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At the cusp of what should have been a crowning moment for Alexandria’s City Council — the long-awaited approval of broadband franchises to compete with Comcast — the city and the chosen internet providers appear to be having some network connectivity issues.

Last month, two companies were chosen to provide internet service piggybacking off the city’s new municipal broadband network. At a City Council meeting on Saturday, companies Ting and Lumos Telephone were given right-of-way franchises; seemingly one of the last major legislative hurdles.

But while the two companies had appeared enthusiastic early in the process, at the City Council meeting representatives from both expressed new concerns about the viability of operating their franchises in Alexandria.

Mike Saperstein, head of government affairs and general counsel at Lumos, said there are regulations being imposed that make him uncertain about the future of the partnership.

“I must point out, however, while we understand the city’s goals with respect to creating competition, there is a fine line to continued business viability under this franchise, “Saperstein said. “[The agreements] contains provisions that are different from others we’ve seen and leaves us with important business considerations.”

Elliot Noss, CEO of Ting, said that he wants to work as a partner with the City Council but also expressed some reservations.

Deputy City Manager Laura Triggs said one of the main points of contention has been over microtrenching — the process of digging a narrow trench at the edge of the sidewalk or in the road that can house the fiber optic cabling.

“We had some attachments for construction and permitting,” Triggs said. “We are having those ongoing dialogues and, yes, we have asked them to do some pretty aggressive microtrenching and that is something that’s different. We’ll have to keep working with both teams to make sure we’re balancing the needs of the community with their need to be able to provide this access.”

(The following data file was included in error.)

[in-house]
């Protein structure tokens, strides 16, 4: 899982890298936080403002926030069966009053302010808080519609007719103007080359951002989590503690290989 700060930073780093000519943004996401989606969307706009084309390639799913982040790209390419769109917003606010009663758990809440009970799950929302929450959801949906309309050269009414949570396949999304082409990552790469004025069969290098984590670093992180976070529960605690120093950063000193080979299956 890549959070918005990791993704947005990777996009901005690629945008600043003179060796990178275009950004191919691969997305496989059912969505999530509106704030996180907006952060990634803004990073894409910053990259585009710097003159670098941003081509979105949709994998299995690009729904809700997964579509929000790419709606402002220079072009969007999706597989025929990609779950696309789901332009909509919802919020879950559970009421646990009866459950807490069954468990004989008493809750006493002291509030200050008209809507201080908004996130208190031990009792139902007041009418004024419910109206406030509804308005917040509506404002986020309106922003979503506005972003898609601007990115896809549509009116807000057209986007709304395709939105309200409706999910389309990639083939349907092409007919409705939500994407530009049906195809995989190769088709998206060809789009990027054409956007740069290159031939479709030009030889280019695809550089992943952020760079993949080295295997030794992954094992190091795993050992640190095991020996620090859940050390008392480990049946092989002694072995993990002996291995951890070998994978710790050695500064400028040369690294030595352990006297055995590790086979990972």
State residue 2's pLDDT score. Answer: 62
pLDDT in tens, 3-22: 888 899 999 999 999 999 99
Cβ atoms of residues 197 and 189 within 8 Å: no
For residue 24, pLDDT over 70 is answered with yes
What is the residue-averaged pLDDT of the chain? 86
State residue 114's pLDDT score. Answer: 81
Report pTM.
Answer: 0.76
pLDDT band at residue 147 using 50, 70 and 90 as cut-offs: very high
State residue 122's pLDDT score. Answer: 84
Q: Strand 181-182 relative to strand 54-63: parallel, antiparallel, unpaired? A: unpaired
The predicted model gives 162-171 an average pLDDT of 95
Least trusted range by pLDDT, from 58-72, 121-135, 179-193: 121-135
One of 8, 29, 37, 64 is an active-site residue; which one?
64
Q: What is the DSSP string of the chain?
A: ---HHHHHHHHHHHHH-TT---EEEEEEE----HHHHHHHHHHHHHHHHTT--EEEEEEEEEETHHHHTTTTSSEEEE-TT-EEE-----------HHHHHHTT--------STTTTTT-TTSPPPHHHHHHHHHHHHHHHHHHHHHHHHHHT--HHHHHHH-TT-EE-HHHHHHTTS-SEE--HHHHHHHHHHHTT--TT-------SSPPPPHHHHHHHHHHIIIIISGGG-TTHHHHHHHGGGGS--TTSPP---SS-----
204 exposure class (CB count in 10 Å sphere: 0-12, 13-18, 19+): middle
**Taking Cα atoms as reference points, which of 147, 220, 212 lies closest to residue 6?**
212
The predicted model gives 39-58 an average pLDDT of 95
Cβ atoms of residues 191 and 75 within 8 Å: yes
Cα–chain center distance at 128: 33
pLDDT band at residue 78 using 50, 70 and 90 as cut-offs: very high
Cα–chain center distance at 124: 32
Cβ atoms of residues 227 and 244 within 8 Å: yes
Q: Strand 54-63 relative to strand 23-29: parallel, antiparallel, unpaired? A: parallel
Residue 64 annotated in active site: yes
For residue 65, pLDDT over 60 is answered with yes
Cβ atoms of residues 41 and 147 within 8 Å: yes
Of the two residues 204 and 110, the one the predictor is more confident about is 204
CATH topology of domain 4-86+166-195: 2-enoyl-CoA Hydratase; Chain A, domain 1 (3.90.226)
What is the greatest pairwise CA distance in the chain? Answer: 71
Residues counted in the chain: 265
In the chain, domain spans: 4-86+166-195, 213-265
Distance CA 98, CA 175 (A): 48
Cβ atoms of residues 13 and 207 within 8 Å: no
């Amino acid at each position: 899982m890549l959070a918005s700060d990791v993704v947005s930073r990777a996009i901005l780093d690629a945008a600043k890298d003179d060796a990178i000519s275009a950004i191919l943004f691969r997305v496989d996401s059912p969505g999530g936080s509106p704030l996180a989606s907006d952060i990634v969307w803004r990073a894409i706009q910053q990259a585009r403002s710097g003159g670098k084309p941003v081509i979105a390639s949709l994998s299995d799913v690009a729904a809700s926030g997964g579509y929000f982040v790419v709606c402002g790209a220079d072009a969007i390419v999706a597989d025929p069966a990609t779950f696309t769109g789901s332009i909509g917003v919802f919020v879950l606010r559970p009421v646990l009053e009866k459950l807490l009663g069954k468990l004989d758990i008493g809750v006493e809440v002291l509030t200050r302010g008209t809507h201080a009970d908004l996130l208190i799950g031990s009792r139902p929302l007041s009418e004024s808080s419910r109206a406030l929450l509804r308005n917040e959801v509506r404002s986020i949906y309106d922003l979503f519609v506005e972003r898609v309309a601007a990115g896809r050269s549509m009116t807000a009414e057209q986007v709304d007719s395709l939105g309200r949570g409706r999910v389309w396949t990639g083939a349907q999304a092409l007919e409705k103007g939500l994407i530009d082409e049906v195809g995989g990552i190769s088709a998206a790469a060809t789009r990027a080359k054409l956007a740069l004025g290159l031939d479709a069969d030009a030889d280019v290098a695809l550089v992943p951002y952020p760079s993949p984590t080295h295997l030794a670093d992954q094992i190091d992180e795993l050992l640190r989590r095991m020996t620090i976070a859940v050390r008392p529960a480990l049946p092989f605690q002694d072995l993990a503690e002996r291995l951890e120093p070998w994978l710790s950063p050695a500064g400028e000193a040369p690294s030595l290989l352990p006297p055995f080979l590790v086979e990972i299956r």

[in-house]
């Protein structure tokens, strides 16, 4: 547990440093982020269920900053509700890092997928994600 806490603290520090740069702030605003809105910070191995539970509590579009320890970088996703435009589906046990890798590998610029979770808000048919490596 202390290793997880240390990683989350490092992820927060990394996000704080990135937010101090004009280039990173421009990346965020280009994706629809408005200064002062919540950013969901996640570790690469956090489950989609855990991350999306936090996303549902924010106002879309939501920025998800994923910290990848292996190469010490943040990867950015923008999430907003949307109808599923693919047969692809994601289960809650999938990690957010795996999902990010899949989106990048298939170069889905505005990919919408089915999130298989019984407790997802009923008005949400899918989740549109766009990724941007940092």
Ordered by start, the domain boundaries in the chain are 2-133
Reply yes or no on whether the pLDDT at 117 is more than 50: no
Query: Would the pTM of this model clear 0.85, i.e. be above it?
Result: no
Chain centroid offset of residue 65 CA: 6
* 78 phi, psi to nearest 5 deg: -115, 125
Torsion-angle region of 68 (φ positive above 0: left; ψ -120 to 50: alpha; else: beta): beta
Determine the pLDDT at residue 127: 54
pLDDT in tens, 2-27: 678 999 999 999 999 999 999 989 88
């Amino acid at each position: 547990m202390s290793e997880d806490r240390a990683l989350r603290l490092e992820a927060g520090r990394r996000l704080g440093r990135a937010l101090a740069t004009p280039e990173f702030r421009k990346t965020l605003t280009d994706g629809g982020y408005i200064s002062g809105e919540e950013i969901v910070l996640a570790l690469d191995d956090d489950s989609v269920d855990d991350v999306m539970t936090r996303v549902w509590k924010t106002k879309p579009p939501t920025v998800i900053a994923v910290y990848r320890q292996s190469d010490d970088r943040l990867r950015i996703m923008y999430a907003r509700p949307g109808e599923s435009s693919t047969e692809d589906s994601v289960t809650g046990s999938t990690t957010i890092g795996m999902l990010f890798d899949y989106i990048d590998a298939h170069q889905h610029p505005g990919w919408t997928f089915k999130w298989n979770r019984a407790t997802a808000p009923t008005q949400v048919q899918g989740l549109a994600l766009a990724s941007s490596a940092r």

Triggs said the next part of the broadband process will be permitting, which should get started over the next 30-60 days.

“While it’s not all that complicated, it’s not all that easy either,” Triggs said. “Over the next 30-60 days we will be working with them on how we get the permits in and what the construction standards look like and that’s literally where the rubber meets the road on this, but once they sign they can start submitting permits and signaling when they want to construct.”

Despite the concerns, City Council members expressed some enthusiasm for the future of broadband access in Alexandria.

“This is a huge step for our city and very exciting news that this is coming to pass,” said Vice Mayor Amy Jackson. “Congratulations on all the hard work and all the hard work in the future, especially in the next three to sixty days.”

“This is a long time coming,” said Mayor Justin Wilson. “Had a lot of fits and bursts, starts and stops, and we’ve fallen on our face a couple times. [We’re] trying everything we possibly can to increase capacity capability and availability in our community. While this is not the end, we have a lot of work ahead, this is a big step.”

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